After a while, the cramps return, but this time when you try to go to the bathroom, nothing happens. You're constipated. And back and forth it goes—diarrhea, then constipation, and pain and bloating in between. Some people with IBS alternate between constipation and diarrhea, while others always have one without the other. Irritable bowel syndrome is the catchall term for this mixed bag of symptoms.

It's a common disorder, with no known cause. The most frequently reported symptom is pain or discomfort in the abdomen. People with IBS generally feel their pain subside after a bowel movement or passing gas. But they also may feel that they haven't fully emptied their rectum after a movement.

While some patients have daily episodes or continuous symptoms, others experience long symptom-free periods. These patterns make it hard to know whether someone has IBS or some occasional complaint that's part of the bowel's normal response to stress or diet. Whether it is IBS usually depends on the frequency and duration of symptoms: traditional criteria for this diagnosis are abdominal pain and changed bowel habits at least three times a month, for at least three months.

IBS has no organic basis—that is, there's no physical abnormality or disease at the root of the problem. And doctors don't regard IBS as a forerunner of more serious diseases, such as ulcerative colitis, Crohn's disease, colon cancer, or stomach cancer.

IBS symptoms include lower abdominal pain or discomfort associated with a change in bowel habits, either constipation or diarrhea. Pain is often described as a cramping, sharp or burning in nature. It may be improved after a bowel movement. Constipation is a decreased frequency in bowel movements or a difficult or incomplete evacuation associated with excessive straining at defecation. Stool is described as pellet like or rock hard. Diarrhea is an increased frequency or semi-solid or liquid stools. The bowel movement may contain only mucus. Abdominal bloating, distension and gas are frequent complaints. There may be report of excessive flatus or belching. Most symptoms do not occur at night and do not disturb sleep.

Dr. William B. Salt, MD

Irritable bowel syndrome (IBS) is the most common functional gastrointestinal (GI) disorder. The symptoms come from the colon and include abdominal pain and bloating, as well as disturbances in defecation (the process of having a bowel movement). These symptoms are diarrhea, constipation and/or alternating constipation and diarrhea. The stool form (bowel movement) is often altered, being lumpy and hard or loose and watery. Other symptoms include straining at having a bowel movement, an urgent need to find a bathroom or a feeling of not having emptied the rectum. Passage of mucus in the stool is also common. The symptoms can be continuous or intermittent.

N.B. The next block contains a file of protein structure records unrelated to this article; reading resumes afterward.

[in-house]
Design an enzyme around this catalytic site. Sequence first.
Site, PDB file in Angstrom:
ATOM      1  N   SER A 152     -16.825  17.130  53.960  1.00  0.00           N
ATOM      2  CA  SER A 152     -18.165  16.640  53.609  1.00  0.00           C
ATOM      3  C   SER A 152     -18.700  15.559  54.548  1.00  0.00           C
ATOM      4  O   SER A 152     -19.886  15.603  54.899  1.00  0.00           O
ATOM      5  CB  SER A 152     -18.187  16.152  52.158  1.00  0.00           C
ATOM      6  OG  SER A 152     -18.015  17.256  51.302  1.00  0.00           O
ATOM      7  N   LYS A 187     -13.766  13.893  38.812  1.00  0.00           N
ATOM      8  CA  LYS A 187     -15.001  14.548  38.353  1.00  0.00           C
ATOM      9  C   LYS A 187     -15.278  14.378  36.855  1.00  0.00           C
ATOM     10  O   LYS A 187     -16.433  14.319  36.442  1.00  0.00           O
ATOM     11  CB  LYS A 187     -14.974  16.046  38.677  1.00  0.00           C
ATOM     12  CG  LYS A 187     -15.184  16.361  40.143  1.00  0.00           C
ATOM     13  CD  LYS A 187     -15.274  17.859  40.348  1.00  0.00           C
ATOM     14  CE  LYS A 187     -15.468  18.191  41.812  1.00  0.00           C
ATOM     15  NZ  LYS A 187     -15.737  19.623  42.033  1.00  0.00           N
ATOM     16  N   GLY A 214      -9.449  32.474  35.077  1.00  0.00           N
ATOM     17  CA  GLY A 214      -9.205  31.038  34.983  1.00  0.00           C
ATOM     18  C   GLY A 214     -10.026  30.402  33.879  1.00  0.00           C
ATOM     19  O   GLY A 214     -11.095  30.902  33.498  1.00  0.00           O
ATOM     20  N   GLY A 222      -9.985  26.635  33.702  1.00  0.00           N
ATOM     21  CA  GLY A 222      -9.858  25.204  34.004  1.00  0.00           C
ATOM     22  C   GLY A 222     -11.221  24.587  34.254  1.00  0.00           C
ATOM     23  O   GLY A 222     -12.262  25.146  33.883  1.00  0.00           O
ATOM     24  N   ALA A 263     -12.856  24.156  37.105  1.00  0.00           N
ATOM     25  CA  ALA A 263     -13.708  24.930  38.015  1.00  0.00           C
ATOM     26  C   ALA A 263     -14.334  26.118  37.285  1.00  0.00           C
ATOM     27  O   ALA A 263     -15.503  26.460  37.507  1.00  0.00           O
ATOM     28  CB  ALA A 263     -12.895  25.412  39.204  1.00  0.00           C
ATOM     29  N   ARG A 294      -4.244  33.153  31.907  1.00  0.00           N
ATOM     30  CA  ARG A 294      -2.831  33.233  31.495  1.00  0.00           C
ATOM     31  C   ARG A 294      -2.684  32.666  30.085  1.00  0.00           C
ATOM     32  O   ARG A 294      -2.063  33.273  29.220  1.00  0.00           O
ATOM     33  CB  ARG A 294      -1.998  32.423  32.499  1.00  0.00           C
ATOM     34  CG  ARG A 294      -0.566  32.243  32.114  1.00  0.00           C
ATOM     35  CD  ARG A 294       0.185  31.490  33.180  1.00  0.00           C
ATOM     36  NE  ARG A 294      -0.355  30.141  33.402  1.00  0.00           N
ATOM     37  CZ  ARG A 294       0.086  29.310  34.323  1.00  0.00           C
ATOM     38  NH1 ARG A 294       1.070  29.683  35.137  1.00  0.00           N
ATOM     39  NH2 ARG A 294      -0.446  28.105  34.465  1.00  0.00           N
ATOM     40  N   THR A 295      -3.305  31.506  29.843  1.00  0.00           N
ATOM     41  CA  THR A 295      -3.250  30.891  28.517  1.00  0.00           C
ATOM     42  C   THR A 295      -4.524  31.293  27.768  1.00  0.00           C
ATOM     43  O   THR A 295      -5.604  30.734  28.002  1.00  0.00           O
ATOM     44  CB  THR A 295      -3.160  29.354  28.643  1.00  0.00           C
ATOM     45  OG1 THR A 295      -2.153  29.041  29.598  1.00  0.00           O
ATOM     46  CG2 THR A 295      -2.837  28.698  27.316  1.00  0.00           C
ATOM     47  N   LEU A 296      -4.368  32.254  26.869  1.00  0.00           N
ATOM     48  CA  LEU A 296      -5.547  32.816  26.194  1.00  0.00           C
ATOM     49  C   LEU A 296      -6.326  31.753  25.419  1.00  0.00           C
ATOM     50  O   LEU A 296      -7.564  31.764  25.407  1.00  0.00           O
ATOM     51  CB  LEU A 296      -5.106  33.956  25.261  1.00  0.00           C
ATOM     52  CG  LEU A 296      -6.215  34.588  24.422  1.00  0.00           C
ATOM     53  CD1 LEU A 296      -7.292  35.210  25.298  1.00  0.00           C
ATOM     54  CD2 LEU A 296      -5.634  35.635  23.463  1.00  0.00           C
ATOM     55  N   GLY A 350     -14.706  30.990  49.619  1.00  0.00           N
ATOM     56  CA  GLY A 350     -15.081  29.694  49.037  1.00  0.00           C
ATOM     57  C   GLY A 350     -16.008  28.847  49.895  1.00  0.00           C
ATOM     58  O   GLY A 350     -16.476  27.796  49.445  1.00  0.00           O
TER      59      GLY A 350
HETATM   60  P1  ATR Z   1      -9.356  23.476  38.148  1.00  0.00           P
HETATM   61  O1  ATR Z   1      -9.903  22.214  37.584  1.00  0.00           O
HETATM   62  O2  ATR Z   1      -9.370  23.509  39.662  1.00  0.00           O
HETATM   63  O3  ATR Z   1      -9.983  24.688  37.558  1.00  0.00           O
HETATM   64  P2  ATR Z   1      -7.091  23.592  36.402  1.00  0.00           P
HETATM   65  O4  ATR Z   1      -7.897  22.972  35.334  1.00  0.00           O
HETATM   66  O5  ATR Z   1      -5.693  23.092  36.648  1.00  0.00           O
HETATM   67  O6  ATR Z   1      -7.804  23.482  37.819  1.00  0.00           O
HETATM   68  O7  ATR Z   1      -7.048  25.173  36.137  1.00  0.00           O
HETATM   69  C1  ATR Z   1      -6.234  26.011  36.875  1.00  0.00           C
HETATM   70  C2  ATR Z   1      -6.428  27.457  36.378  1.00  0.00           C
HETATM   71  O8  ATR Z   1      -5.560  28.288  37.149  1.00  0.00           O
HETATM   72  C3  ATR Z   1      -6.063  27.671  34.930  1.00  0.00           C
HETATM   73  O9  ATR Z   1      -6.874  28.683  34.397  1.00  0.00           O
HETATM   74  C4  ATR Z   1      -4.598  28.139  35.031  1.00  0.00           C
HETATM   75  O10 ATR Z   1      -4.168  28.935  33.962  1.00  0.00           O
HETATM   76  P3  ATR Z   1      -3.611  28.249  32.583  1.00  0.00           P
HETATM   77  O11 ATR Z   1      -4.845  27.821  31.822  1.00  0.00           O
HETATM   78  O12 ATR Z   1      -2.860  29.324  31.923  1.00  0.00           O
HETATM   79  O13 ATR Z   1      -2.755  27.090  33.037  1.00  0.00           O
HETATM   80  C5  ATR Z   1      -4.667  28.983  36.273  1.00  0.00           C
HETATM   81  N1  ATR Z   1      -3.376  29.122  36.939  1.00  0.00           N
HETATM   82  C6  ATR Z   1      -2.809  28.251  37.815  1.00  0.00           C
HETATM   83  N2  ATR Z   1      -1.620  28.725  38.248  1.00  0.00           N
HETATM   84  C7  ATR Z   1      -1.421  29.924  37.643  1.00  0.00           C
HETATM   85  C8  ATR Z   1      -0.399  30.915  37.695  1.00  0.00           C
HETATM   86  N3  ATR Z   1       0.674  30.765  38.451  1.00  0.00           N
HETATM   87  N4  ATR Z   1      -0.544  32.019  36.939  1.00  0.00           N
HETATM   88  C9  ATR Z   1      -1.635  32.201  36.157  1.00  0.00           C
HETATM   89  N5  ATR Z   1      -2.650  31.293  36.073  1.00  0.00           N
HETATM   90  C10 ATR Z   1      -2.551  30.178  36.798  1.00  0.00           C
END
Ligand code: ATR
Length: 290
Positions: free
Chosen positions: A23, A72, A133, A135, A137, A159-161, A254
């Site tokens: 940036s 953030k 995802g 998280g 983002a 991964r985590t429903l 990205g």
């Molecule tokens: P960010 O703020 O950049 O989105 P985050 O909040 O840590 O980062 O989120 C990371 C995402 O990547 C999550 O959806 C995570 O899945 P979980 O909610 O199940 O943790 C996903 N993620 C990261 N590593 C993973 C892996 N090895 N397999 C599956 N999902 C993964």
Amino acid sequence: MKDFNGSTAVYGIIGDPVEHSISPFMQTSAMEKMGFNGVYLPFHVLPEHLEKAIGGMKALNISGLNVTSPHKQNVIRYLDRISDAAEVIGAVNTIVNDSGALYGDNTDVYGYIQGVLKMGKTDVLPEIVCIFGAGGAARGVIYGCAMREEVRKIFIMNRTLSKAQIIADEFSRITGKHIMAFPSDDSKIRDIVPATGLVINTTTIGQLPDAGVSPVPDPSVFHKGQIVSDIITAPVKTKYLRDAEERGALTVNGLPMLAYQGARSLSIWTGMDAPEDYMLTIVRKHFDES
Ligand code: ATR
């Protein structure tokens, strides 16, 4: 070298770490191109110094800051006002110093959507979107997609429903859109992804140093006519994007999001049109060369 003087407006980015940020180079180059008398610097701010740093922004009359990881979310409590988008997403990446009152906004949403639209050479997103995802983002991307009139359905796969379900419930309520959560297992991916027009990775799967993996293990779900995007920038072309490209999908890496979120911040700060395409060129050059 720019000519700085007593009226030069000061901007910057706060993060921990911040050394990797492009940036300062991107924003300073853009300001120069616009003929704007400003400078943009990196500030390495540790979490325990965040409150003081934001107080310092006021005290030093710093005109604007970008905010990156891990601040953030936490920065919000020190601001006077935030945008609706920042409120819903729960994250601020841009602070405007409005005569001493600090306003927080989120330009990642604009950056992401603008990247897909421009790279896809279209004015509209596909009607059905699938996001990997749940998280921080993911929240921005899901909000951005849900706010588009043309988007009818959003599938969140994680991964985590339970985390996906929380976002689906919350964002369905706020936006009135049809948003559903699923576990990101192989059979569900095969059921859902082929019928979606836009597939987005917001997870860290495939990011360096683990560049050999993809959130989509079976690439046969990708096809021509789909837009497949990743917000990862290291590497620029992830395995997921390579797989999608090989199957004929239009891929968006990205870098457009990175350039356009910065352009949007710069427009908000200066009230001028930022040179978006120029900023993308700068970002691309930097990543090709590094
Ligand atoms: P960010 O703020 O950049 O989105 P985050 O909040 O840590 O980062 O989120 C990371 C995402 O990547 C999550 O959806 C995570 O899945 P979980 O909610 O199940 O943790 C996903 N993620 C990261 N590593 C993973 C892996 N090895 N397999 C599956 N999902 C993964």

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The main symptoms of IBS include:

  • Crampy pain in the stomach area
  • Painful constipation - infrequent stools that may be hard and dry
  • Painful diarrhea - frequent loose stools

Most people have either diarrhea or constipation, but some people have both.

Other symptoms include:

  • Mucus in the stool
  • Swollen or bloated stomach area
  • Feeling like you haven't finished a bowel movement
  • Gas
  • Heartburn
  • Discomfort in the upper stomach area or feeling uncomfortably full or nauseous after eating a normal size meal

Some women with IBS have more or different symptoms during their menstrual periods. Constipation may be relieved or diarrhea may occur in the day or two before or when their period starts.

This answer is based on source information from the National Women's Health Information Center.

Irritable Bowel Syndrome (IBS) most commonly causes abdominal pain or discomfort, often relieved by or associated with a bowel movement. Individuals with IBS may also have chronic and painful constipation, diarrhea, or both. Other symptoms may include gas, heartburn, discomfort in the upper stomach region, feeling uncomfortably full or nauseated after eating a meal, a white-colored mucus in stool, a swollen or bloated abdomen, and the sensation that a bowel movement is unfinished. Women with IBS often notice a change of symptoms around their menstrual cycles.

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Important: This content reflects information from various individuals and organizations and may offer alternative or opposing points of view. It should not be used for medical advice, diagnosis or treatment. As always, you should consult with your healthcare provider about your specific health needs.